Lahardan House was also our first overseas property success story, and not only because, in the end, we accepted the offer that John Rohan coaxed from the gentleman bidder from Dublin, putting aside our emotional attachment to the place and nearly tripling our money.
More important, our experience with Lahardan House taught us the fundamentals related to buying and selling real estate overseas that we’ve learned to respect most, key among which is this:
The best purchases are made with your calculator, yes, but also with your heart.
When Lief and I went looking for a house to buy in Ireland years ago, I was shopping for rolling green hills, centuries-old stone walls, tumbledown outbuildings, and classic Georgian symmetry.
Lief was shopping for cost per square meter, rate of appreciation, and projected ROI.
Today, several dozen often conflicted purchases later, we finally understand that the secret to success buying and selling real estate overseas is recognizing that each of these seemingly competing perspectives is important and that each deserves equal weight in any buy decision.
After we sold Lahardan House, we took those proceeds, added about 20% to them, and reinvested in an apartment in Paris. For our money, we got less than one-quarter the space we’d enjoyed in Ireland. Not a sensible exchange of values, you might say, at least not if you’re evaluating the transaction using your calculator alone.
We were moving to Paris so that our daughter could attend her final three years of high school in France and so that our little family could, meantime, sample life in the City of Light, a dream of mine since I was a young girl.
We could have rented a place to live. We didn’t need to buy an apartment for our time in Paris, and, as I said, on the face of it, going by the numbers alone, buying an apartment in Paris didn’t add up. Yet that’s what we did.
Now, in retrospect, I can say that the apartment we purchased on rue de Verneuil in Paris’ 7th arrondissement has proven, like Lahardan House in Ireland, to be one of the most successful investment decisions of our careers, again, we understand now, because it wasn’t made for investment reasons alone.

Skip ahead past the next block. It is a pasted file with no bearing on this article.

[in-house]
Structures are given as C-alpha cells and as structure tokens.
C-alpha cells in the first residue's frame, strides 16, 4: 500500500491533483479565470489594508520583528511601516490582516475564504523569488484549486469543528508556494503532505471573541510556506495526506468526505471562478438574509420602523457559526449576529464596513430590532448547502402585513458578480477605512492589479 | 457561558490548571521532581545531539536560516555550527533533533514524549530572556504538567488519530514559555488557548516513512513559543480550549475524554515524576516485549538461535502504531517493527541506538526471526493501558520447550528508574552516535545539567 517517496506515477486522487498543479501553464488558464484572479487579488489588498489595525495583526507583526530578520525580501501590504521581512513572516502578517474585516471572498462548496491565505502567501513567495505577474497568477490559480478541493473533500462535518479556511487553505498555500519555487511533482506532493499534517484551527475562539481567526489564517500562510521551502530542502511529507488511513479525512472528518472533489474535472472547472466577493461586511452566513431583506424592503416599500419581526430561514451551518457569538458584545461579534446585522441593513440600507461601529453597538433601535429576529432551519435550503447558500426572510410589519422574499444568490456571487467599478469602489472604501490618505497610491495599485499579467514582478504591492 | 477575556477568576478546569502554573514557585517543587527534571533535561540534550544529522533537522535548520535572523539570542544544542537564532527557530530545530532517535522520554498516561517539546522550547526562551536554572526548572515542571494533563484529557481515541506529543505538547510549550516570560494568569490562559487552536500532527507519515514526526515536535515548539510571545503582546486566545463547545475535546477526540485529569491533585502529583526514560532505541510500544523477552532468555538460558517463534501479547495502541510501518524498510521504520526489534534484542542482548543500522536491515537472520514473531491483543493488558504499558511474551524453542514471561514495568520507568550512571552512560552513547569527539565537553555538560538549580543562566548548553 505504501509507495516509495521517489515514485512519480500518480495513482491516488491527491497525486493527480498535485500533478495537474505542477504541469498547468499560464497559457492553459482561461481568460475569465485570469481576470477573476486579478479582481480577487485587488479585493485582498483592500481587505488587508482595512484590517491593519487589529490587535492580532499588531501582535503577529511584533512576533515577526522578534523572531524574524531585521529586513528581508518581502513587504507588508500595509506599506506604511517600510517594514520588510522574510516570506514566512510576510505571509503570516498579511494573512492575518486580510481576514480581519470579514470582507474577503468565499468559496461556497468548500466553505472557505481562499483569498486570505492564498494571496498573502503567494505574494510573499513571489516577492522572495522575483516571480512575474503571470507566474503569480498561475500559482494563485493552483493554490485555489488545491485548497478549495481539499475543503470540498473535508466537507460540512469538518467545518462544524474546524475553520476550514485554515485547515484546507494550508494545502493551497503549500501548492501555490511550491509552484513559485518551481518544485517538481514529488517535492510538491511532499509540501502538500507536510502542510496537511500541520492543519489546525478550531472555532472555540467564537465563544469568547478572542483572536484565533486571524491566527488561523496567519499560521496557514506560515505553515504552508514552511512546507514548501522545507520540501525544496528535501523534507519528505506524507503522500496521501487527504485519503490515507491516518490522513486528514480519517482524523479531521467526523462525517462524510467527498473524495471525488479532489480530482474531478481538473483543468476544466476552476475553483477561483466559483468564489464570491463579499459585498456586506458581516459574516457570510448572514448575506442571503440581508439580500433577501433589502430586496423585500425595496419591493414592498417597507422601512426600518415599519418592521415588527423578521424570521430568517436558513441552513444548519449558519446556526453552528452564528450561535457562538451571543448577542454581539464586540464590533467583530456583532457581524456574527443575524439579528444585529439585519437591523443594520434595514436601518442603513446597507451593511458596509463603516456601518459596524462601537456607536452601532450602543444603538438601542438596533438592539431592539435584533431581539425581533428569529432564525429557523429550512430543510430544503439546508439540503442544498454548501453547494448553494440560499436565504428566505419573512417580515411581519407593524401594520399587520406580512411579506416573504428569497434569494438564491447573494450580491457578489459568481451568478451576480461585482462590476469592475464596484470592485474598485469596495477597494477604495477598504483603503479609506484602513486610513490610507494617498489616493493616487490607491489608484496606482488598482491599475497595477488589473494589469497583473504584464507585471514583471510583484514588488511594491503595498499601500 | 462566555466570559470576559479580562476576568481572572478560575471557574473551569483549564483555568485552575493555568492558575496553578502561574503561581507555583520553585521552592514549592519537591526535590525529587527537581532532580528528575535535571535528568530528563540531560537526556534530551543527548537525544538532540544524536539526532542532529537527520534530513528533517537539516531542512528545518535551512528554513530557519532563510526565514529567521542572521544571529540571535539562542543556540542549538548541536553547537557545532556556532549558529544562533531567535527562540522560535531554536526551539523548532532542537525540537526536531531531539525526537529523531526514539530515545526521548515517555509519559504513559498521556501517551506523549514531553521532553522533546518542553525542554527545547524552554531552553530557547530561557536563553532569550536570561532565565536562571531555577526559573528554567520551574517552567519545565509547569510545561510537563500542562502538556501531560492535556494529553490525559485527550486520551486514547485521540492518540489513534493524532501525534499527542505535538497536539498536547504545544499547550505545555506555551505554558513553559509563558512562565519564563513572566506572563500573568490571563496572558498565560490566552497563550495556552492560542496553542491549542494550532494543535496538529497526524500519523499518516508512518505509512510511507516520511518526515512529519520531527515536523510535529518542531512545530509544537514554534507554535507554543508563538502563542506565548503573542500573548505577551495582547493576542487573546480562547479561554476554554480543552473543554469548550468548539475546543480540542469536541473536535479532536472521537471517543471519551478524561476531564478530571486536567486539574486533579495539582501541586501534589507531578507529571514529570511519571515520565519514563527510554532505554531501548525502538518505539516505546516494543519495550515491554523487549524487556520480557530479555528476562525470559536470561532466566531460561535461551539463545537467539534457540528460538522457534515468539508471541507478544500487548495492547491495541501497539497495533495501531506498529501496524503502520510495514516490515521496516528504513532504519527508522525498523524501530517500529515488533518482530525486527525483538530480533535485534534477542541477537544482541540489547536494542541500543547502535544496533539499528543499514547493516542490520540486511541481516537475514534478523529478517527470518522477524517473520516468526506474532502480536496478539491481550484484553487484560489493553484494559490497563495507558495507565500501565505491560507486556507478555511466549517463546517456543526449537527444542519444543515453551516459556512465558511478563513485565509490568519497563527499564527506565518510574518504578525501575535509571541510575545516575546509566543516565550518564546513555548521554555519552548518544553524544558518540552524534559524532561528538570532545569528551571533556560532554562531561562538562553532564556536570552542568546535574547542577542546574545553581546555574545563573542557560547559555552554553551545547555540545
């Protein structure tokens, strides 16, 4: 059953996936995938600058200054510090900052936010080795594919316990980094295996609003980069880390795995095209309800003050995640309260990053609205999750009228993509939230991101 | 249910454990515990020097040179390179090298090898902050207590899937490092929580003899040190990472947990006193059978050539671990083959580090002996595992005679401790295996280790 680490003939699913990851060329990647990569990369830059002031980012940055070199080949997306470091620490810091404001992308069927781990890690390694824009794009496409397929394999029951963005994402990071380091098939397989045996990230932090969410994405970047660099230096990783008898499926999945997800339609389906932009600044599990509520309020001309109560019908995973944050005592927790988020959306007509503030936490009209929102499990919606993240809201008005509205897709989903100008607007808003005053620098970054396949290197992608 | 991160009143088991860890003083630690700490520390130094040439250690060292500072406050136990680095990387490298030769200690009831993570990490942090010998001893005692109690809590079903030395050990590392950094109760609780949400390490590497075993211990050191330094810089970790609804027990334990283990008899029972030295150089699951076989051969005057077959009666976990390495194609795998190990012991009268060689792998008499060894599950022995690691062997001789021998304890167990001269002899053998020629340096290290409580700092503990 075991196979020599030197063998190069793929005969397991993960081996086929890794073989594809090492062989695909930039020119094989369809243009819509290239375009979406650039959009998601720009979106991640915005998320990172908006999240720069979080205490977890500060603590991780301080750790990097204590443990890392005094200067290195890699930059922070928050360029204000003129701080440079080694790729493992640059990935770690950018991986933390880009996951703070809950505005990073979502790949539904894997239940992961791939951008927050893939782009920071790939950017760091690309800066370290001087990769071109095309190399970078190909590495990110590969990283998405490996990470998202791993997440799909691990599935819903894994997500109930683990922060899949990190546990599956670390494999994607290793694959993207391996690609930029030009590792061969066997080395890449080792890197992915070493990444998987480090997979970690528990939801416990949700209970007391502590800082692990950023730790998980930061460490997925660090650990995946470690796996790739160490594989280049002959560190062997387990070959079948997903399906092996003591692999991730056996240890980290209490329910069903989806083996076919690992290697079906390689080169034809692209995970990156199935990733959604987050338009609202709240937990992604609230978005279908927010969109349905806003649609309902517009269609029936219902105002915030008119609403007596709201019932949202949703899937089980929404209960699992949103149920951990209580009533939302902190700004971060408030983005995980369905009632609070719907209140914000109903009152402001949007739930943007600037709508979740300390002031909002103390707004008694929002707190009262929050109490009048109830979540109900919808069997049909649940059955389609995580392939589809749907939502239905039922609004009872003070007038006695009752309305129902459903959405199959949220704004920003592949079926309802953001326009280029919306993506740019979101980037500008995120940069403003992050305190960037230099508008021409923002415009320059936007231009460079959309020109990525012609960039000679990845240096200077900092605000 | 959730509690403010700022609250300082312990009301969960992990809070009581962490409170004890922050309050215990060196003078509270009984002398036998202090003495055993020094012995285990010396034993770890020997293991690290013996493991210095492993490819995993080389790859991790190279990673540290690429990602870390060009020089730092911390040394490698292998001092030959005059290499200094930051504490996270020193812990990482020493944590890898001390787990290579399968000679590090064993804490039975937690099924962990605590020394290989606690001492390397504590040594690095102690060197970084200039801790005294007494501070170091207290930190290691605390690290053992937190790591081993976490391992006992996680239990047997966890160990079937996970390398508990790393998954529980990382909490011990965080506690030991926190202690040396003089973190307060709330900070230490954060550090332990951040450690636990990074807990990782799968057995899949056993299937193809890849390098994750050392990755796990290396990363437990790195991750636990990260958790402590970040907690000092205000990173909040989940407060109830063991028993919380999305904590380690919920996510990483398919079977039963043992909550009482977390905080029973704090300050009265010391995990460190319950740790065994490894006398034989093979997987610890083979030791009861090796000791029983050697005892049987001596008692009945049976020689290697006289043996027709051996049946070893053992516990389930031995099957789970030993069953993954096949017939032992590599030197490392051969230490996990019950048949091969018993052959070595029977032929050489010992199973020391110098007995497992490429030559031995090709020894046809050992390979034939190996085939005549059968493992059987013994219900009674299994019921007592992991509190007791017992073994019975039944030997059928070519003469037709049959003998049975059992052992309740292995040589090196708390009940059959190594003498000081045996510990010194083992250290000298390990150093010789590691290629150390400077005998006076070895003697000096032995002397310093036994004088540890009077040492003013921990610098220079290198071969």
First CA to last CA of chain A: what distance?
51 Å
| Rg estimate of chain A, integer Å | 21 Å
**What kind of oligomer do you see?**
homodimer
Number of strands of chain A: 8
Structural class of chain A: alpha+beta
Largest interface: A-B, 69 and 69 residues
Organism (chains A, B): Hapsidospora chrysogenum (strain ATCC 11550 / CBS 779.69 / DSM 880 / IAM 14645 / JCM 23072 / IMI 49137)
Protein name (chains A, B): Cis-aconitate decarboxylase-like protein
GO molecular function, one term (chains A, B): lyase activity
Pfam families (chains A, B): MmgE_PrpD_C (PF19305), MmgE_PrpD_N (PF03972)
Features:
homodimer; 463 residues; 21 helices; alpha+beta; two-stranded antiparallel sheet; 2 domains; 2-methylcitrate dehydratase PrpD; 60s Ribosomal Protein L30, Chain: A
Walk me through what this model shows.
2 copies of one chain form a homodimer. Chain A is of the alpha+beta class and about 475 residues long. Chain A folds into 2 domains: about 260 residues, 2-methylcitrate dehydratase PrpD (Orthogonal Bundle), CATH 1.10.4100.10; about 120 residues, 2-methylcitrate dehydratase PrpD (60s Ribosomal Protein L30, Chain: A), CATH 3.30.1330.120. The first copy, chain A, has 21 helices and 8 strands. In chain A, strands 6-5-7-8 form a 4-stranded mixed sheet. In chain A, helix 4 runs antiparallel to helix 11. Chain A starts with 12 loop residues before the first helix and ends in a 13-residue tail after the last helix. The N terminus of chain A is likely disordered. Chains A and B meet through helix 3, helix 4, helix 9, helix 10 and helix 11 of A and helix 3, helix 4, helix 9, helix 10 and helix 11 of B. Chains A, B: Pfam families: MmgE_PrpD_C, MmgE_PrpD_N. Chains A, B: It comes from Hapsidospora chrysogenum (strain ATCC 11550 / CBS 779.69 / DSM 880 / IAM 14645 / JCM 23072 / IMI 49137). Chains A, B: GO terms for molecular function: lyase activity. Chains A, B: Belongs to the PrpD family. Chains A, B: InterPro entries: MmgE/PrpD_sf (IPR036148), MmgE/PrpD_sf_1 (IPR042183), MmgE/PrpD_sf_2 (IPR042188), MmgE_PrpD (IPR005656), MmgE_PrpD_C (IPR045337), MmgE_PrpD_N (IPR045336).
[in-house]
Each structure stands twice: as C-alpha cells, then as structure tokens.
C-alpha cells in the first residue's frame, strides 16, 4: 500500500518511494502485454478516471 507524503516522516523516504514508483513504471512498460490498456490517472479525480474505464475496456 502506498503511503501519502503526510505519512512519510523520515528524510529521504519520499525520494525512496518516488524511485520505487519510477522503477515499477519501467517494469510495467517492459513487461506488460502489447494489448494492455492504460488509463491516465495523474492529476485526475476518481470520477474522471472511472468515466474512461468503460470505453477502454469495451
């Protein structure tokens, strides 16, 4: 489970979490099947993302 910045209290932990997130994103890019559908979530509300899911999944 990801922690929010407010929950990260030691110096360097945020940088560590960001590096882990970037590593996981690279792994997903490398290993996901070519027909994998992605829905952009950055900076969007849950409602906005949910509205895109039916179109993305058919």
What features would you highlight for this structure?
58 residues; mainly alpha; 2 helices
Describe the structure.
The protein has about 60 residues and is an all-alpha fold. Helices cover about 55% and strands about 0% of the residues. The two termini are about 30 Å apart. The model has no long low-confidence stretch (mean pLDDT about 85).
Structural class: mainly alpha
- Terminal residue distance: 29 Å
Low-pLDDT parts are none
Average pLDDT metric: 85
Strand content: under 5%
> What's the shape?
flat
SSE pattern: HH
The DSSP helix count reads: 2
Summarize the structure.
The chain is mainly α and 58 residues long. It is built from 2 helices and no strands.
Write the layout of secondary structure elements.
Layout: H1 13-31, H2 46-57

We own this Paris apartment still. Indeed, Lief and I are at home here today, locked down with the rest of France and much of the world.
When we were full-time residents of Panama, we rented our Verneuil pad and enjoyed an occupancy rate of 90%+ and generating excellent cash flow. Meantime, the property has been steadily appreciating in value. Today these 112 square meters are worth almost three times as much as what we paid for them.
This apartment is one of our most important assets, in part because of its value, its proven ability to generate reliable passive income, and its market appeal. If we wanted or needed to sell, I’m confident this property would not struggle to find a buyer.
In addition, however… and more important to us in the scheme of things… we consider this little pied-à-terre one of our most significant holdings because it has become one of the cornerstones of our long-term retirement plan.
I think of this as “perfect storm” property investing, when a purchase both makes you money and improves your life, both immediately (as a holiday home) and longer term.
And this is how I strongly recommend you approach any overseas property purchase you consider. Analyze any investment on paper, according to the numbers, but also in the context of your big-picture life plan.
When you identify a potential acquisition that satisfies both agendas…